In contrast to the shrewd and savvy campaigns of Tonalist and Shared Belief we still have the connections of Ria Antonia and Social Inclusion vying for most mismanaged horse of the year. Neither of their connections listened to Past the Wire when we wrote what was needed for a strong second half of the year. Both horses need a freshening and subsequently a confidence builder or two. Neither the Woody Stephens, nor the Iowa Oaks serve as confidence builders and the Ohio Derby against colts for a struggling filly yet to win this year surely doesn’t. Both are talented horses that could do so much better.
Congratulations to Mark and Norman Casse on a well-deserved win in the Queen’s Plate with Lexie Lou. She dominated the boys to give Team Casse their first win in the prestigious event. Mark and Norman are fine horseman who do a fantastic job day in and day out.
See you all next week.
The first goes to all my followers who listened and bet Mr. Speaker. How we got 23-1 I’ll never know. Between him and Tonalist in the Belmont it’s an Ok summer. The second goes to Martin Panza and The NYRA for another world class card on Saturday.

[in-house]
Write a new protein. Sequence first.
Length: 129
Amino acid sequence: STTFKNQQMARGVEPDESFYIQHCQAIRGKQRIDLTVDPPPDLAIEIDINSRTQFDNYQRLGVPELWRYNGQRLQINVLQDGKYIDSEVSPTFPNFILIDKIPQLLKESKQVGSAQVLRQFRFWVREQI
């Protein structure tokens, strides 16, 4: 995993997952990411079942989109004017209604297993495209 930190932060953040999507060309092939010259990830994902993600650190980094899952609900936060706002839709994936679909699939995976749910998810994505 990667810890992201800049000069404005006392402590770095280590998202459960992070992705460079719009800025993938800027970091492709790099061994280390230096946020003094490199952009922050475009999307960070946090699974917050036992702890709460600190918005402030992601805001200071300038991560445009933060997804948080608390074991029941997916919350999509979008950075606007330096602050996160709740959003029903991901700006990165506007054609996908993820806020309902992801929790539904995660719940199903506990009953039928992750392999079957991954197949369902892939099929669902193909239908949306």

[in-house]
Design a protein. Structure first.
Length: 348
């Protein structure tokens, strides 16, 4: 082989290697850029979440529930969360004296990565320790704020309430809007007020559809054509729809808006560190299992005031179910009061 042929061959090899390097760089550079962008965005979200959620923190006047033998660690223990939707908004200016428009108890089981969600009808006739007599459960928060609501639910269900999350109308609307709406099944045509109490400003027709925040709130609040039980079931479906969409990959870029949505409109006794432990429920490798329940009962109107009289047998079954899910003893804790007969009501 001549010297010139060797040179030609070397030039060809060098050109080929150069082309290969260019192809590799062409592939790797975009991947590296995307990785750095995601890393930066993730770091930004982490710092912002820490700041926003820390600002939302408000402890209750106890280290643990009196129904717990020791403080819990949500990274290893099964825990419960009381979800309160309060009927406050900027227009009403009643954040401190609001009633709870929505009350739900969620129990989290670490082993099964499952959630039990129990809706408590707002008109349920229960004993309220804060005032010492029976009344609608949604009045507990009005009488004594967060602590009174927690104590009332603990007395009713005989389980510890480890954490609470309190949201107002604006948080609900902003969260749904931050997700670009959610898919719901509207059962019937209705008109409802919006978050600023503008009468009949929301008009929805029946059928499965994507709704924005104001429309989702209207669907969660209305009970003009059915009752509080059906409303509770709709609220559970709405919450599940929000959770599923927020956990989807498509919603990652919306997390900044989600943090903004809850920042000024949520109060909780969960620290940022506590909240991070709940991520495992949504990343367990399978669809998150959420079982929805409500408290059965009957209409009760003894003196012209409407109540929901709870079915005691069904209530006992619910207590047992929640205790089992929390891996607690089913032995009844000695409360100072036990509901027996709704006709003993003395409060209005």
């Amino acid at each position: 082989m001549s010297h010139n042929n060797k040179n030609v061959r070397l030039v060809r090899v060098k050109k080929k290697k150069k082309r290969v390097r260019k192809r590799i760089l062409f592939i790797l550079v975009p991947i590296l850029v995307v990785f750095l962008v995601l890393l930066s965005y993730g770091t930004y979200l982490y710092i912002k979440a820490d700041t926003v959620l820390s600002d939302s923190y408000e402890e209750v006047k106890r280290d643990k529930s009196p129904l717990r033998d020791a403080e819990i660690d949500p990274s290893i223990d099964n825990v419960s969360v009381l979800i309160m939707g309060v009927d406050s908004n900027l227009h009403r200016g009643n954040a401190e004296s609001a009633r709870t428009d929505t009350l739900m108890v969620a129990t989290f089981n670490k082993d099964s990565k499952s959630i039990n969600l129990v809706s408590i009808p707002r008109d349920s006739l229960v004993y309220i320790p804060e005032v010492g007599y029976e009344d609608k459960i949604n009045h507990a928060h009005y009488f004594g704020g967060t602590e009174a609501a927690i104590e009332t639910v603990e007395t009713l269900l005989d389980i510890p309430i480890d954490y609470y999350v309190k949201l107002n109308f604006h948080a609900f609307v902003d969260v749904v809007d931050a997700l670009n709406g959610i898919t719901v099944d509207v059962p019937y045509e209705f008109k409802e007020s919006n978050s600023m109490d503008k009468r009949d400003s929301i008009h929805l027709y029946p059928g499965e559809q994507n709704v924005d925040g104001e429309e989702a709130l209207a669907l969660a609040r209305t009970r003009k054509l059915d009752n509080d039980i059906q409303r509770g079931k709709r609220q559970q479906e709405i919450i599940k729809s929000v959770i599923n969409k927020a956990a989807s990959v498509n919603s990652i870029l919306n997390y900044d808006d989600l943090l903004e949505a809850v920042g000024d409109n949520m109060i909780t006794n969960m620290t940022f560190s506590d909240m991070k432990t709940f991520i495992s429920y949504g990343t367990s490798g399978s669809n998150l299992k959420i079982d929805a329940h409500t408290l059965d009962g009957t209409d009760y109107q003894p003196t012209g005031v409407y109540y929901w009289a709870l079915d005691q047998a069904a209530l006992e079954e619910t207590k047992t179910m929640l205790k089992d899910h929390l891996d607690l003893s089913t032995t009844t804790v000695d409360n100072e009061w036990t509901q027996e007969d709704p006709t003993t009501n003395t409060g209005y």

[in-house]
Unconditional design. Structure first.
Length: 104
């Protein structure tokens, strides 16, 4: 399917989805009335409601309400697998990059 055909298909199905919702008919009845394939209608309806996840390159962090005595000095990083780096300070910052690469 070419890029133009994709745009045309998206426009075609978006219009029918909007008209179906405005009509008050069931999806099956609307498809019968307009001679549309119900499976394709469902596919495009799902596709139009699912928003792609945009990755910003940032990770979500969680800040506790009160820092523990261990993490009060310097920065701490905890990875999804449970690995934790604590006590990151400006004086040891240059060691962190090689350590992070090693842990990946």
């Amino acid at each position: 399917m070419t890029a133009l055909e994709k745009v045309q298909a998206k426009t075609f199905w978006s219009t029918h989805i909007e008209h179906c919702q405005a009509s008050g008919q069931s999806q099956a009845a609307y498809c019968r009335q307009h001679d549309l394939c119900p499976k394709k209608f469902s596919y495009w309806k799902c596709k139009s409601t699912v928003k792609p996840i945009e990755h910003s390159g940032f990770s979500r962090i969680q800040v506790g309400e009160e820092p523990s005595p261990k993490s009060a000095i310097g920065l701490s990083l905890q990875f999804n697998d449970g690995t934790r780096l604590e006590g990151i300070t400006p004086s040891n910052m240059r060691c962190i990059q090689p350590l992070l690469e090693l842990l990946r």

The low five goes to all the workout experts who ignored and failed to discuss trainer Bob Hess’ comment on HRTV that he tranquilized a horse for a workout to slow him down. This warrants a serious look in my opinion and has a myriad of issues attached to it.
Horses to Watch
This flashy filly from Leah Gyarmati, who gave us Sweet Reason last year debuted in a small stake and trounced the field looking like an experienced race horse.